85.1 Friday, Jan. 6 Autophagic degradation and bleaching in the symbiotic anemone, Aiptasia pallida HANES, S. D.*; KEMPF, S. C.; Auburn University, Auburn, AL; Auburn University, Auburn, AL email@example.com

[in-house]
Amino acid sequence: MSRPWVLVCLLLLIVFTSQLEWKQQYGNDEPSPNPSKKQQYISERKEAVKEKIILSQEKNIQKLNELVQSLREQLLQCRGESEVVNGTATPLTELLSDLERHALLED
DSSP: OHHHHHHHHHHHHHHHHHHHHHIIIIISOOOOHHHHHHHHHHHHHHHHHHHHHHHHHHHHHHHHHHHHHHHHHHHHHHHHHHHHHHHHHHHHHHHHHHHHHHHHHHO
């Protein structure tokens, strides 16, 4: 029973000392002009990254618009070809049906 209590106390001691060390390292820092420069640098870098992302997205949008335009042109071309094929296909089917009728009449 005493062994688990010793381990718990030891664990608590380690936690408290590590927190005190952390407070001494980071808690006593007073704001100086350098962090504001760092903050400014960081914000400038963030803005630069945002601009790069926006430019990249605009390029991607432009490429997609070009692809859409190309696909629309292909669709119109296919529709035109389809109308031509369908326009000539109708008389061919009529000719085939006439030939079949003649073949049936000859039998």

Over the past few decades, coral reefs have dramatically declined as a result of mass mortality bleaching events that have been linked to elevated sea surface temperatures and global climate change. Coral bleaching involves the loss of essential, photosynthetic dinoflagellates (Symbiodinium) from host gastrodermal cells in response to temperature and/or light stress conditions. Although numerous potential cellular bleaching methods have been proposed, there remains much uncertainty regarding which mechanisms occur during early stages of host stress. In this study, multiple techniques were utilized to determine specific cellular events that occur during the early bleaching process, including 1) transmission electron microscopy (TEM), 2) biochemical induction, and 3) immuno-labeling. Bleaching was induced by exposing both symbiotic and aposymbiotic symbiotic anemones, Aiptasia pallida, to heat-light stress conditions of ~32.5oC at 120 μmols irradiance for 12 hrs followed by 12 hrs in the dark at 24 oC daily for 2 days. Ultrastructural examinations revealed numerous autophagic structures and associated cellular degradation in tentacle tissues after ~12 hrs of stress treatment or after 12 hrs of exposure to the known autophagy inducer, rapamycin. Additionally, symbionts were observed detaching from highly degraded gastrodermal cells in an apocrine-like manner. Autophagic activity was then monitored using immunofluorescence, resulting in positive labeling with the autophagy marker, MAP LC3B. This study provides the first ultrastructural evidence of host autophagic degradation during thermal stress in a cnidarian system and also supports earlier suggestions that autophagy is an active cellular mechanism during early stages of bleaching.